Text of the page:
Vasiliy Lomachenko and Teofimo Lopez Jr. have the chance to prove who is the No. 1 lightweight on Saturday as two fighters at contrasting stages of their careers clash in Las Vegas.
The much-anticipated unification contest will take place inside Top Rank’s MGM Grand’s Bubble, a mouthwatering main event in which the two leading protagonists both have a point to prove.
Lomachenko has the pedigree stemming back to a glittering amateur career that included two Olympic gold medals through to winning world titles in three different divisions in the paid ranks.
Yet the Ukrainian, who’s considered not just the best at the weight but also a leading contender to be recognized as the pound-for-pound king, is putting more than just the WBA and WBO belts on the line.
His reputation is at stake against a fighter — and a father — who have not been shy in making clear their intentions for a while, long before the younger Lopez became a champion himself by brutally taking the IBF title from Richard Commey inside two rounds last December.
Teofimo Lopez has long been convinced his son has the power and precision to expose the lauded Lomachenko, and he did not mind telling him as much when they were in the same hotel lobby in December 2018.
That meeting sparked a rivalry that has simmered ever since. On Saturday, the heat will be turned up to the boiling point. The trash talk has riled Lomachenko, and now the younger Lopez has to back it up.
The undefeated 23-year-old has age on his side and is the more comfortable at the limit, a heavy-handed hitter who has so far backed up his and his father’s confidence with 15 straight wins.
Still, this is different: This is Lomachenko, a supremely skilled boxer who has needed to move through the divisions to find bigger challenges, in every sense. He has normally passed those tests with flying colors.
Is this a step too far, though? Can, as his dad has always believed, Lopez be the one to solve “The Matrix” inside the ring? Thankfully, boxing fans do not have to wait too much longer to find out.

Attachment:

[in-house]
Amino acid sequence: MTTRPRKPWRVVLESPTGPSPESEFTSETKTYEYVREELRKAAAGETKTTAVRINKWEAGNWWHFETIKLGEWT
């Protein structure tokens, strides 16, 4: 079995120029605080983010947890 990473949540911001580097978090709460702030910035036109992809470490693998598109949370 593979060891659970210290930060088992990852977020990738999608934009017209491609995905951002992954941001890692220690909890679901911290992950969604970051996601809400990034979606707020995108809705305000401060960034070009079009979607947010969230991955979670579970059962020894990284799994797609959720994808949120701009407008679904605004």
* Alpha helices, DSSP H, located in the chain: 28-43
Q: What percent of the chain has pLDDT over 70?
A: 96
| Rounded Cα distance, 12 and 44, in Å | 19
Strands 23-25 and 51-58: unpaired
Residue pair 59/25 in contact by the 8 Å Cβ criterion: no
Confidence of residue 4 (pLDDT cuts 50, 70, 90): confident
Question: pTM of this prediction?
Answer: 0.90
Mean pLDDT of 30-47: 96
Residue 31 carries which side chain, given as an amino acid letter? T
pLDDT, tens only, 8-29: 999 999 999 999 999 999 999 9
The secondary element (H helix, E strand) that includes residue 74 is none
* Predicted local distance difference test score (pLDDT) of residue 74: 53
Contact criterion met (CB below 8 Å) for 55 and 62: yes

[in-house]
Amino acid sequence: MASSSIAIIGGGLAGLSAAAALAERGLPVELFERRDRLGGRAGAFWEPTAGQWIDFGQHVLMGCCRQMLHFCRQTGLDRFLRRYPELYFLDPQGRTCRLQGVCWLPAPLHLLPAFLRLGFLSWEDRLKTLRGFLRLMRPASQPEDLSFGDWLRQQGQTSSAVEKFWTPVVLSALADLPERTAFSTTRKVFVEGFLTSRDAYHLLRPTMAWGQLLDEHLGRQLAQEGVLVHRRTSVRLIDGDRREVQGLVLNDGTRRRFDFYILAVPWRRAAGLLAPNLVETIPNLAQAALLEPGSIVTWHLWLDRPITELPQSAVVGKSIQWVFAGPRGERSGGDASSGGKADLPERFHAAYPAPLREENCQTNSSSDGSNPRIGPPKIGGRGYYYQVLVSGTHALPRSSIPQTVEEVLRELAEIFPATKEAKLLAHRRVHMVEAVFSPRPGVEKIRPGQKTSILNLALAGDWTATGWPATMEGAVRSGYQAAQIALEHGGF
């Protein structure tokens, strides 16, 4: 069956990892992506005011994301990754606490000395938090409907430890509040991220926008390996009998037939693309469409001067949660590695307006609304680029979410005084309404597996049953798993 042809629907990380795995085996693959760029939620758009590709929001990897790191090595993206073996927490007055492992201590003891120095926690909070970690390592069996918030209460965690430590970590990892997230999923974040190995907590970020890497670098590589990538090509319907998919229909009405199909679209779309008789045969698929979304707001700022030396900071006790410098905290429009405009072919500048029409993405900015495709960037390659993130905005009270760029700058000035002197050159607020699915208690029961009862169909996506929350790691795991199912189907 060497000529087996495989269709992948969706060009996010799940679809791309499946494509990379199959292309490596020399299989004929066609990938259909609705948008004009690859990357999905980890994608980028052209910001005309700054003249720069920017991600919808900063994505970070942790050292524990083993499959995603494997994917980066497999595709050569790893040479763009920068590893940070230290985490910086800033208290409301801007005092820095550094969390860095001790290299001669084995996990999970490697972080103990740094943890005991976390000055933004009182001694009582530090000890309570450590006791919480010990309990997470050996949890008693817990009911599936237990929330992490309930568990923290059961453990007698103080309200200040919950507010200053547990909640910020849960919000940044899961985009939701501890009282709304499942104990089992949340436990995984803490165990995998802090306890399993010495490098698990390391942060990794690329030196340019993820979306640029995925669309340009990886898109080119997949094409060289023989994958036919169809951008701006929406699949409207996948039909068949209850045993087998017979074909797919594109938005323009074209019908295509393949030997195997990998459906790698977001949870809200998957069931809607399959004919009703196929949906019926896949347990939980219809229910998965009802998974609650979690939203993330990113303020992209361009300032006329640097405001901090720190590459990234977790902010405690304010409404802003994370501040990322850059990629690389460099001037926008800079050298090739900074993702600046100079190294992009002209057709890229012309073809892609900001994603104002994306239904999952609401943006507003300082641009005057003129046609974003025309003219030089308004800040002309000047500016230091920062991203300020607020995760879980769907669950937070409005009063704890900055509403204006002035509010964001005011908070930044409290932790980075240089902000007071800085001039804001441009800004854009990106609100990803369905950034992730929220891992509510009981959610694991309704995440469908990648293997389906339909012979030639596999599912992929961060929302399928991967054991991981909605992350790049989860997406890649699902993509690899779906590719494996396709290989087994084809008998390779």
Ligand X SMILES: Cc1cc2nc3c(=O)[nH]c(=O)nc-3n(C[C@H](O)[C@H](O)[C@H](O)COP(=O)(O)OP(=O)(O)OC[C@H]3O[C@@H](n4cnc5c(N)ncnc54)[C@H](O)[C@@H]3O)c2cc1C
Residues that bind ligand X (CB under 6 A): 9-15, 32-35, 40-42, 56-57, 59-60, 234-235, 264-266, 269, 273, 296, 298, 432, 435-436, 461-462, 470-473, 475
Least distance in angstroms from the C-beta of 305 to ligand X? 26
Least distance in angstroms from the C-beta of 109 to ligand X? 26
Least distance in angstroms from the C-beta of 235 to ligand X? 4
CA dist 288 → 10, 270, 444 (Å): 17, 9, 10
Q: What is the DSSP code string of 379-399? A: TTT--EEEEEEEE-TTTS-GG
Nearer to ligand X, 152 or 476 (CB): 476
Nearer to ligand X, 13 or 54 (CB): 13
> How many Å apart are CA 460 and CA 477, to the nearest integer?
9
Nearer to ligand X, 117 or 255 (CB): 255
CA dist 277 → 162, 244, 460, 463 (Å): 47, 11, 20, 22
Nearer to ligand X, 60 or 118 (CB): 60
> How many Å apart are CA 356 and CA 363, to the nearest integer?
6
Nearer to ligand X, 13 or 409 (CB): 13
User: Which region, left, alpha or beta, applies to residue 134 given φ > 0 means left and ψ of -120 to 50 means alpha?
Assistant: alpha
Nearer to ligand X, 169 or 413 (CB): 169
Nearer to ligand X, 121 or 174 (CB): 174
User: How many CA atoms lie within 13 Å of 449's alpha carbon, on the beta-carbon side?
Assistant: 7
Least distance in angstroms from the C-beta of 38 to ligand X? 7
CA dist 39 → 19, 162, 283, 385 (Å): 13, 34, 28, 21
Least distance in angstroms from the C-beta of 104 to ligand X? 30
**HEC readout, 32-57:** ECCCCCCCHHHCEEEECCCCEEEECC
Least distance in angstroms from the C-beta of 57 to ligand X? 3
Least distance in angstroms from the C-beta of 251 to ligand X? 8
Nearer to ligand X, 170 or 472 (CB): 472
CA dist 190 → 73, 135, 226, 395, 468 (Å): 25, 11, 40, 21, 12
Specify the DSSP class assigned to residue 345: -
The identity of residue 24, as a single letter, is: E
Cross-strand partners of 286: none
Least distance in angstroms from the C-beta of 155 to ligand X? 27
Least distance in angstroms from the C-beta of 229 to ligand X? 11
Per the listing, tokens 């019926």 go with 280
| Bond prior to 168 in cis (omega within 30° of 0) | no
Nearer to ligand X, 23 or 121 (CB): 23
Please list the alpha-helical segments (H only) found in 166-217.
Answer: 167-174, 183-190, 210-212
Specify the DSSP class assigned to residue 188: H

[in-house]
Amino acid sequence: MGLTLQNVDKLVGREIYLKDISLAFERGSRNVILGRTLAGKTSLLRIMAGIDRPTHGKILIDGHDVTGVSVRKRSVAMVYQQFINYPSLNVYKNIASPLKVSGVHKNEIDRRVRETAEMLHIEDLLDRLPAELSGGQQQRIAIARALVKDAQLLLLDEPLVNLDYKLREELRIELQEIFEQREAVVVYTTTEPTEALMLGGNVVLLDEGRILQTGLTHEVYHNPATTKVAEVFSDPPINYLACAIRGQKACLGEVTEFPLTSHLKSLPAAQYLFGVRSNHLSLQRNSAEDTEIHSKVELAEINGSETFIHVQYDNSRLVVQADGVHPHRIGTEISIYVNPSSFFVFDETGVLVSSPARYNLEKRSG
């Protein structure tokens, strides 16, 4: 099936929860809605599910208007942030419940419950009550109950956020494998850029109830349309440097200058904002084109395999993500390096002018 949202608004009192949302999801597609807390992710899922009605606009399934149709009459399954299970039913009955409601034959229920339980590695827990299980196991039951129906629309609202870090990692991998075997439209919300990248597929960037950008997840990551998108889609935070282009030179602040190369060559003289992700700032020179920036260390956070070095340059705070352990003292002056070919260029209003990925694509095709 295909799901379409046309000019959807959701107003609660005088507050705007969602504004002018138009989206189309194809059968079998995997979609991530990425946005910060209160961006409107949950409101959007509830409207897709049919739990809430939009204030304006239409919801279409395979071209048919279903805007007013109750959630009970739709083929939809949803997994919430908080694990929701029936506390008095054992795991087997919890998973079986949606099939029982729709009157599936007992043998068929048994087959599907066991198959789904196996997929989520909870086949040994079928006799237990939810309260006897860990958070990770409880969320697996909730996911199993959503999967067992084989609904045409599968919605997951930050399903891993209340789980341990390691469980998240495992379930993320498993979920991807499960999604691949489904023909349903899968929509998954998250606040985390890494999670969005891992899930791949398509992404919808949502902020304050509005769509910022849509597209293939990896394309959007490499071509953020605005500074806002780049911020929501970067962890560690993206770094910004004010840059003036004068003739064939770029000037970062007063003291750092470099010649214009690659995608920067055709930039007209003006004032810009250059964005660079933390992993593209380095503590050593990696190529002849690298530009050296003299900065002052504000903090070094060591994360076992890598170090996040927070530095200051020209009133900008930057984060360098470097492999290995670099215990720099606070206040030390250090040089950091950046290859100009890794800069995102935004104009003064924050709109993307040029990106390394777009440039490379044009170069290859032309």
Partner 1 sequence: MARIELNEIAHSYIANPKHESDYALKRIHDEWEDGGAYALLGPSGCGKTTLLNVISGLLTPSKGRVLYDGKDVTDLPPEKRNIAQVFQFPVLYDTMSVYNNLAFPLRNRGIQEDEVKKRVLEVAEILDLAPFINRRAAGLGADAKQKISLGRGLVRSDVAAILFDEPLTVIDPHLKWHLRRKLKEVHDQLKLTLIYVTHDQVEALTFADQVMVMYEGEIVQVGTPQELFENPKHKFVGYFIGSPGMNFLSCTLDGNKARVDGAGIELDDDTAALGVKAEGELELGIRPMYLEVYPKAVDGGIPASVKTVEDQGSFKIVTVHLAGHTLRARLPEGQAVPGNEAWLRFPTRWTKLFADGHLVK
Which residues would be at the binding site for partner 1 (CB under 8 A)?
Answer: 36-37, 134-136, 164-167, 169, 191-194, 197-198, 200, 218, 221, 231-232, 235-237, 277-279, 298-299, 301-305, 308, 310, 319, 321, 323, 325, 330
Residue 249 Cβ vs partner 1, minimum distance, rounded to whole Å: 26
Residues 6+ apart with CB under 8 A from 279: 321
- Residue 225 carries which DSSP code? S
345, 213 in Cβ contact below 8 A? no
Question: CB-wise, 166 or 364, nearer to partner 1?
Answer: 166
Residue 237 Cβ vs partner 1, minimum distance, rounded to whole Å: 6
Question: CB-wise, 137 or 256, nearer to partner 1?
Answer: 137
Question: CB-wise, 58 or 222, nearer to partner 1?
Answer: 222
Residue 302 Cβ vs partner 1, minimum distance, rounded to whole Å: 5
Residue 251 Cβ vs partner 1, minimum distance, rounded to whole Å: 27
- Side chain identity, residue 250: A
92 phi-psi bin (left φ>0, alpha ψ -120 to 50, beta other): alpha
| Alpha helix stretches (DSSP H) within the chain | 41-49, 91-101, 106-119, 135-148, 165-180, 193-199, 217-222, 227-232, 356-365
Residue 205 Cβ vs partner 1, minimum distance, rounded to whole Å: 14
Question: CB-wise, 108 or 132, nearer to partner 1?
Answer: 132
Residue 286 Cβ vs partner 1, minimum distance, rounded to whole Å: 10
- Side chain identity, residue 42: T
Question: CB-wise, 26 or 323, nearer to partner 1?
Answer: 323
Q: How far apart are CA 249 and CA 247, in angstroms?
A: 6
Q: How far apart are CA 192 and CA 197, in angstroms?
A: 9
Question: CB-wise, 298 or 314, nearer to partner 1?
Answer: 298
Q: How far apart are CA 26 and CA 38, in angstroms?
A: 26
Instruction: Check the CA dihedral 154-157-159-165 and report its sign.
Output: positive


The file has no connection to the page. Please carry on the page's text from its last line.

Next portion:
As already mentioned, Lopez was ruthless against Commey to claim the IBF strap, handing the dethroned champion the first stoppage loss of his professional career.
That followed wins inside the distance over Diego Magdaleno and Edis Tatli earlier in the year, though Masayoshi Nakatani went 12 rounds in July 2019 before being beaten comfortably on the scorecards.
In contrast to his next opponent, Lomachenko’s previous outing saw him require the scorecards to triumph against Luke Campbell in August 2019. A knockdown in the 11th helped lead to a comfortable points win, though the final margins did not do justice to the Englishman’s brave efforts.
Campbell’s compatriot Anthony Crolla had been crushed four months earlier, while the impressive Lomachenko CV includes victories over Jose Pedraza and Jorge Linares at lightweight.
Tale of the tape
Weight: 135 pounds
Reach: 65.5 inches
Professional record: 14-1 (10 KOs)
Major career titles: WBO featherweight, WBO super featherweight, WBA, WBC and WBO lightweight
Teofimo Lopez Jr.
Weight: 135 pounds
Reach: 68.5 inches
Professional record: 15-0 (12 KOs)
Major career titles: IBF lightweight
Alex Saucedo, whose only loss came against Maurice Hooker in 2018, and the undefeated Arnold Barboza Jr. go up against each other in a super lightweight clash that should help whet the appetite for what is to follow on the menu.
In the same division, Josue Vargas takes on Kendo Castaneda, while unbeaten super middleweight Edgar Berlanga is up against Lanell Bellows in an eight-rounder. The main course is all that really matters this weekend, however.
What the fighters have to say . . .
Lopez to Stats Perform News: “I expect him to get hurt, badly, with the explosiveness I bring to the table. I knew I was the underdog coming into this. Listen, it doesn’t motivate me any different, it doesn’t change anything, you know what I mean? That is really what it comes to. I knew I was going to be the underdog coming into this fight.”
Lomachenko on his opponent’s prefight talk: “For me, it’s just words. On Saturday, we will see.”
Promoter Bob Arum on Lomachenko: “He doesn’t want an easy fight or to win a decision, he wants to win by destroying his opponent. Floyd Mayweather was a great defensive fighter. But unlike Mayweather, Loma is always looking for a way to destroy his opponents. That’s what makes him a fan-friendly fighter.”